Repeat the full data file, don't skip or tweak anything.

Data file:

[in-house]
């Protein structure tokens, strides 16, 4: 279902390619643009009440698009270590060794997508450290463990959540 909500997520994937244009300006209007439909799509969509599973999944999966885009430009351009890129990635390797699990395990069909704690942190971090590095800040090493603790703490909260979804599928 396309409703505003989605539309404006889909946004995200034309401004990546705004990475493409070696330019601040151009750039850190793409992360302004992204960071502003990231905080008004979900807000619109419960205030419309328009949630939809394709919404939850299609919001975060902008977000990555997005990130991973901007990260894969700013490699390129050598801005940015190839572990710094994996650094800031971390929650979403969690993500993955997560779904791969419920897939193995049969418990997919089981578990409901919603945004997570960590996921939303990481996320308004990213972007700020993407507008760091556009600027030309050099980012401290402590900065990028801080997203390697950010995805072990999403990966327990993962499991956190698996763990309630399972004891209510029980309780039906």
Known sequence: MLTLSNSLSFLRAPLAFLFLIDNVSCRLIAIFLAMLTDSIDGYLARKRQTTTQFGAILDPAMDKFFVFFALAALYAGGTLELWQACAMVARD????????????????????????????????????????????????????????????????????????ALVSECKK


[in-house]
């Protein structure tokens, strides 16, 4: 279902390619643009009440698009270590060794997508450290463990959540 909500997520994937244009300006209007439909799509969509599973999944999966885009430009351009890129990635390797699990395990069909704690942190971090590095800040090493603790703490909260979804599928 396309409703505003989605539309404006889909946004995200034309401004990546705004990475493409070696330019601040151009750039850190793409992360302004992204960071502003990231905080008004979900807000619109419960205030419309328009949630939809394709919404939850299609919001975060902008977000990555997005990130991973901007990260894969700013490699390129050598801005940015190839572990710094994996650094800031971390929650979403969690993500993955997560779904791969419920897939193995049969418990997919089981578990409901919603945004997570960590996921939303990481996320308004990213972007700020993407507008760091556009600027030309050099980012401290402590900065990028801080997203390697950010995805072990999403990966327990993962499991956190698996763990309630399972004891209510029980309780039906």
Known sequence: MLTLSNSLSFLRAPLAFLFLIDNVSCRLIAIFLAMLTDSIDGYLARKRQTTTQFGAILDPAMDKFFVFFALAALYAGGTLELWQACAMVARD????????????????????????????????????????????????????????????????????????ALVSECKK